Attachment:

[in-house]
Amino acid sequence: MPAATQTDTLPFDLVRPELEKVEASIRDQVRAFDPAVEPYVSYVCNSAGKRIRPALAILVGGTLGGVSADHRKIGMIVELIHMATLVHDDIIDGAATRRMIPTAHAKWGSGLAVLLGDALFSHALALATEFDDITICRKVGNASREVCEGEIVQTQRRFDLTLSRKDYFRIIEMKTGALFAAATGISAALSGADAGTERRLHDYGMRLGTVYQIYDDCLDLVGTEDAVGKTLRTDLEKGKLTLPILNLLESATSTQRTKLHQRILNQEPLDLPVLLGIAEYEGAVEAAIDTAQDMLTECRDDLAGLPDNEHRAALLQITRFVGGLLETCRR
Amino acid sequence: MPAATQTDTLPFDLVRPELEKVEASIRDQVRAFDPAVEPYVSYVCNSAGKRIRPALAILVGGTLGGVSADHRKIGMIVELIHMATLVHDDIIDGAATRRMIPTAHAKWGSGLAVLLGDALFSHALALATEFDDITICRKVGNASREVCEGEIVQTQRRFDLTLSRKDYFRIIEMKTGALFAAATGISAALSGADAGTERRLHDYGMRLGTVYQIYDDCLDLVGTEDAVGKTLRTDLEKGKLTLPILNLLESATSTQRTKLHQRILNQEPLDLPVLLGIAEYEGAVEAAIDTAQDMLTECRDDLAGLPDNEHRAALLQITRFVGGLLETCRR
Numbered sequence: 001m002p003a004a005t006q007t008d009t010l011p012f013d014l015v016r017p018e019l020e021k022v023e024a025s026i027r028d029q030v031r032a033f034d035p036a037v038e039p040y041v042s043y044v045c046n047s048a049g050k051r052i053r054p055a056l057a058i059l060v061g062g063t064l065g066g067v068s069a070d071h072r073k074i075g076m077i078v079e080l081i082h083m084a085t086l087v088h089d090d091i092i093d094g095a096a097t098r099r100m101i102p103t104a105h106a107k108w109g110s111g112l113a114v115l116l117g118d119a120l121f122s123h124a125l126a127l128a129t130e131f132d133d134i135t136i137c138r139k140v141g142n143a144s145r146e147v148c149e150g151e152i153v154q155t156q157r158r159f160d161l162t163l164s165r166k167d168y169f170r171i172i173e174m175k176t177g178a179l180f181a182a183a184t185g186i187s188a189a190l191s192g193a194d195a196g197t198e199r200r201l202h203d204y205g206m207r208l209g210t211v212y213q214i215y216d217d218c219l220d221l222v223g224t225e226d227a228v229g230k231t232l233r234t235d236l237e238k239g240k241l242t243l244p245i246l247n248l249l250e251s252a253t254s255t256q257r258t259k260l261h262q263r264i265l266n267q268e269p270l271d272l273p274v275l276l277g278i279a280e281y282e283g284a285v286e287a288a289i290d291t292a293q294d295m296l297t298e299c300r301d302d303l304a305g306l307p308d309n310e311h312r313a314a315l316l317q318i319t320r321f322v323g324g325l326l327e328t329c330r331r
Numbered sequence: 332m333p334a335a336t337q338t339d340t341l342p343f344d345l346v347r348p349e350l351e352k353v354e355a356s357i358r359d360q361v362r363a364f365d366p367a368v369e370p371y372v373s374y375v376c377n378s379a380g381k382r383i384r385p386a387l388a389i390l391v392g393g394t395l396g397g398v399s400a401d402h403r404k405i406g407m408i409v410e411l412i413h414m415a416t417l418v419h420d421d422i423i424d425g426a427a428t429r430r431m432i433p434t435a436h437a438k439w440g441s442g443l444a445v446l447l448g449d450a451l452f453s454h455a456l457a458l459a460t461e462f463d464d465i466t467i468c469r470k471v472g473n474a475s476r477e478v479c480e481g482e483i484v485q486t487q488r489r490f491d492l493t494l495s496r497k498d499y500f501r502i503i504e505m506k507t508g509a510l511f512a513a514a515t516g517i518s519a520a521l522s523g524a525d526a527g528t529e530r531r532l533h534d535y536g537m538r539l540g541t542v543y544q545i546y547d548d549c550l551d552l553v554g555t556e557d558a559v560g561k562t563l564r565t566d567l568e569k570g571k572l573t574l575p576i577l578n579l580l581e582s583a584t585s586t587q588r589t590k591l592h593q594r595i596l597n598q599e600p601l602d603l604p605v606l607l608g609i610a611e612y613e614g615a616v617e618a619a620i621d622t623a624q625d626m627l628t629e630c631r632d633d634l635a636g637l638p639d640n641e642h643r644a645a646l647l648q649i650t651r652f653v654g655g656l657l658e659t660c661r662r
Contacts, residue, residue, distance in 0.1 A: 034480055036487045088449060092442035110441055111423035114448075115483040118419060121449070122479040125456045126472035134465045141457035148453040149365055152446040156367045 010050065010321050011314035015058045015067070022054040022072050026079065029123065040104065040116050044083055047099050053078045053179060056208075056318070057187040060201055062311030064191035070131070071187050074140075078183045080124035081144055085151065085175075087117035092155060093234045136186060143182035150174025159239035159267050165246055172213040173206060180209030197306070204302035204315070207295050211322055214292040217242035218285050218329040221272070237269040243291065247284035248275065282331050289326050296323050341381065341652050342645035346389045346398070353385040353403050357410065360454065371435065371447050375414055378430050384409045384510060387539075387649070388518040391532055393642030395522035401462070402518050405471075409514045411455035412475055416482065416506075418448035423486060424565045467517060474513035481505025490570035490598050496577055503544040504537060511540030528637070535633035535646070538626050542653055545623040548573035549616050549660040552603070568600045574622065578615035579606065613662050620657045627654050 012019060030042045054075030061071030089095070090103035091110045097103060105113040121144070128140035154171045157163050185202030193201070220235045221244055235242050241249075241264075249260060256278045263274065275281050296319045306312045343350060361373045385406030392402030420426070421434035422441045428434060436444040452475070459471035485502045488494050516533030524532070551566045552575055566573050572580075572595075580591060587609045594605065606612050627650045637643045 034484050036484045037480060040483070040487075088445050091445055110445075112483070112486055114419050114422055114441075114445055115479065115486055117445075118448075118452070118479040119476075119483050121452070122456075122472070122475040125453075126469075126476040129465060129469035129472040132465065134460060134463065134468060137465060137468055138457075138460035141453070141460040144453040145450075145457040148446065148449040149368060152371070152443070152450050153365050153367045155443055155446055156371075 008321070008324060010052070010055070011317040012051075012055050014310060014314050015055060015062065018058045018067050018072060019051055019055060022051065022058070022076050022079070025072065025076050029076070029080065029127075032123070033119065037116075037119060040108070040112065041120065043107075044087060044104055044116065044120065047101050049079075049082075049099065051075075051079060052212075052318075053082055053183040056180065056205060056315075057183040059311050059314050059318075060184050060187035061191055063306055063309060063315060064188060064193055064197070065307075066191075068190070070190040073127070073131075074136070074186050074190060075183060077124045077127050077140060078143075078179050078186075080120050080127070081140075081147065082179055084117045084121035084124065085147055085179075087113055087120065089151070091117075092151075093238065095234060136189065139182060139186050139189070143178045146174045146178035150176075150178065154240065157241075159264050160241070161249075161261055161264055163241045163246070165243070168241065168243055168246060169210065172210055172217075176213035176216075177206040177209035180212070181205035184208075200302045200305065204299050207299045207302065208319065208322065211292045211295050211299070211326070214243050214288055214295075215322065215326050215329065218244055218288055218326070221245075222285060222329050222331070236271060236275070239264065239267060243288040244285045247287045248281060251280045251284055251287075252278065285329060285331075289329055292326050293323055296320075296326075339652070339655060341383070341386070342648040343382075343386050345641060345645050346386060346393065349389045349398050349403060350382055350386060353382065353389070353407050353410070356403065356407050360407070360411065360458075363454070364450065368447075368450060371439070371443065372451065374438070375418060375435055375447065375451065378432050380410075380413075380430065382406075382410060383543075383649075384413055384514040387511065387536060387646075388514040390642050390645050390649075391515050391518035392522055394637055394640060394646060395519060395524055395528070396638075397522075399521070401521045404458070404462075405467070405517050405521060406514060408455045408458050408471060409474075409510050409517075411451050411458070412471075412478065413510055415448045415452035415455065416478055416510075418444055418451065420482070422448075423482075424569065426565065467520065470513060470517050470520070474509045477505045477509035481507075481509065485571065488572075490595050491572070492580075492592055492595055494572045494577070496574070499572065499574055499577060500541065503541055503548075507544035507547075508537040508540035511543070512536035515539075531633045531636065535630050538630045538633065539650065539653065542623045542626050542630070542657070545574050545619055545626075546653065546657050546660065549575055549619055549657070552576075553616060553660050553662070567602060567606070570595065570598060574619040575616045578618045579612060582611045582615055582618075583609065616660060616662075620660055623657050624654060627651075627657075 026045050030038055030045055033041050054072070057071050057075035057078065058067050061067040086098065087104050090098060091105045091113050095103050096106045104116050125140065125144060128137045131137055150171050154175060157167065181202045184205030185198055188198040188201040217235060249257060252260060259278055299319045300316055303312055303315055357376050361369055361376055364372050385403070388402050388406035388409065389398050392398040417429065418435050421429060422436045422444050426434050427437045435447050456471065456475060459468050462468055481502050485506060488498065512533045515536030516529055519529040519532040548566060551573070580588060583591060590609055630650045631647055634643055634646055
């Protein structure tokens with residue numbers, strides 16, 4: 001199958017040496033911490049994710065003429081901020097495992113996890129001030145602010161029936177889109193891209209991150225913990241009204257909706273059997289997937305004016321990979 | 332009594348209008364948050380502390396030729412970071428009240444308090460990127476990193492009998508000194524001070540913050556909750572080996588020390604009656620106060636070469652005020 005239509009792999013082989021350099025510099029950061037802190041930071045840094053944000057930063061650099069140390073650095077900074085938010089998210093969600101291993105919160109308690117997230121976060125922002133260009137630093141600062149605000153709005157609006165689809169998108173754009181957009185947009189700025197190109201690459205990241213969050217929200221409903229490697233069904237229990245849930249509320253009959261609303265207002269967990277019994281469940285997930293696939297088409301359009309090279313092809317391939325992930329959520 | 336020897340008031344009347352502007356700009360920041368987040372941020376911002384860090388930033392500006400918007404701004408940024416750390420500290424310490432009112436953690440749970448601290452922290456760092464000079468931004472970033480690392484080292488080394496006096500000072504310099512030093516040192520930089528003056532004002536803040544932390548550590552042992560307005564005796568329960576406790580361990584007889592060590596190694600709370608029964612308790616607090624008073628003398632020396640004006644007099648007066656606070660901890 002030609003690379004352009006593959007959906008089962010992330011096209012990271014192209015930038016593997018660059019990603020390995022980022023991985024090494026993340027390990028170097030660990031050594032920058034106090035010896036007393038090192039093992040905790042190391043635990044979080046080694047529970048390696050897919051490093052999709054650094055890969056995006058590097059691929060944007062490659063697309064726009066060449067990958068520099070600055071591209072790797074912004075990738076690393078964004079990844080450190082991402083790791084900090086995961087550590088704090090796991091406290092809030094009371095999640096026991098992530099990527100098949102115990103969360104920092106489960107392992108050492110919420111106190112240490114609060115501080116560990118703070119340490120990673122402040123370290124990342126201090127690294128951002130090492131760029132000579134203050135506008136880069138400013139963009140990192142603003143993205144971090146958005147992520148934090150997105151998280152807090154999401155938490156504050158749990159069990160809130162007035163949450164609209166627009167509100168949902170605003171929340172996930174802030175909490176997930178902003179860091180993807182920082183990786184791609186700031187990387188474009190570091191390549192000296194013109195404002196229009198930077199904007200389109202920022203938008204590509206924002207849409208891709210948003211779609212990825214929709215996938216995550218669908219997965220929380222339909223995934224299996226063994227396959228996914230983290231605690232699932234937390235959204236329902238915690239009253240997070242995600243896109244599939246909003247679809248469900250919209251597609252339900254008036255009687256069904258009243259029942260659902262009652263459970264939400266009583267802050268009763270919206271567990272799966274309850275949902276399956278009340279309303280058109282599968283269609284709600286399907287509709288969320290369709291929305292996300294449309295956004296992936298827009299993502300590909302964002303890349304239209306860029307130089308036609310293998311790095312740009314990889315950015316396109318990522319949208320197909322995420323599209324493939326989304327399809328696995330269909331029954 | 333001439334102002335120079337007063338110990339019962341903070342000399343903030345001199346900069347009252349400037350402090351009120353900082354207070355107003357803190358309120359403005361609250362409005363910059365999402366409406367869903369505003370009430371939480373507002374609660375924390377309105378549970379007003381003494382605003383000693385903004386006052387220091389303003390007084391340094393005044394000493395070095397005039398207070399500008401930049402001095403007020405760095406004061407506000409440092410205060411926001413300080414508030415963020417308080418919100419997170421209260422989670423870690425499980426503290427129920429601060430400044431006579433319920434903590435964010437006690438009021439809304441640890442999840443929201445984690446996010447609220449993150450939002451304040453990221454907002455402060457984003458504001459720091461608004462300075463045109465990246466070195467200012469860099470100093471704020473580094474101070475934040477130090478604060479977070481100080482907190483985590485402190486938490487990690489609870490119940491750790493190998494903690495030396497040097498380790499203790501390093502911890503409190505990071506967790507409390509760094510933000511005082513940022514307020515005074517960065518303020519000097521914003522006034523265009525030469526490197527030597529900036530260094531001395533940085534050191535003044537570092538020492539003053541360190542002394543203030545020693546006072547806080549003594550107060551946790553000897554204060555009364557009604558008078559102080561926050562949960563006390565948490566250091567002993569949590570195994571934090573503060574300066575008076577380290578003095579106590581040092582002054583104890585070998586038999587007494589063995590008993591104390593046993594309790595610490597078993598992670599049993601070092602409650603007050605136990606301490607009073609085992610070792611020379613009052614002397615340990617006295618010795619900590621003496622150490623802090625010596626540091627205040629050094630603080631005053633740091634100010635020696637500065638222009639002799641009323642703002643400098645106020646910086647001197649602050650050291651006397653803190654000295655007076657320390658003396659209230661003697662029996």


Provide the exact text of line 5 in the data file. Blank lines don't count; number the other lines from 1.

Numbered sequence: 332m333p334a335a336t337q338t339d340t341l342p343f344d345l346v347r348p349e350l351e352k353v354e355a356s357i358r359d360q361v362r363a364f365d366p367a368v369e370p371y372v373s374y375v376c377n378s379a380g381k382r383i384r385p386a387l388a389i390l391v392g393g394t395l396g397g398v399s400a401d402h403r404k405i406g407m408i409v410e411l412i413h414m415a416t417l418v419h420d421d422i423i424d425g426a427a428t429r430r431m432i433p434t435a436h437a438k439w440g441s442g443l444a445v446l447l448g449d450a451l452f453s454h455a456l457a458l459a460t461e462f463d464d465i466t467i468c469r470k471v472g473n474a475s476r477e478v479c480e481g482e483i484v485q486t487q488r489r490f491d492l493t494l495s496r497k498d499y500f501r502i503i504e505m506k507t508g509a510l511f512a513a514a515t516g517i518s519a520a521l522s523g524a525d526a527g528t529e530r531r532l533h534d535y536g537m538r539l540g541t542v543y544q545i546y547d548d549c550l551d552l553v554g555t556e557d558a559v560g561k562t563l564r565t566d567l568e569k570g571k572l573t574l575p576i577l578n579l580l581e582s583a584t585s586t587q588r589t590k591l592h593q594r595i596l597n598q599e600p601l602d603l604p605v606l607l608g609i610a611e612y613e614g615a616v617e618a619a620i621d622t623a624q625d626m627l628t629e630c631r632d633d634l635a636g637l638p639d640n641e642h643r644a645a646l647l648q649i650t651r652f653v654g655g656l657l658e659t660c661r662r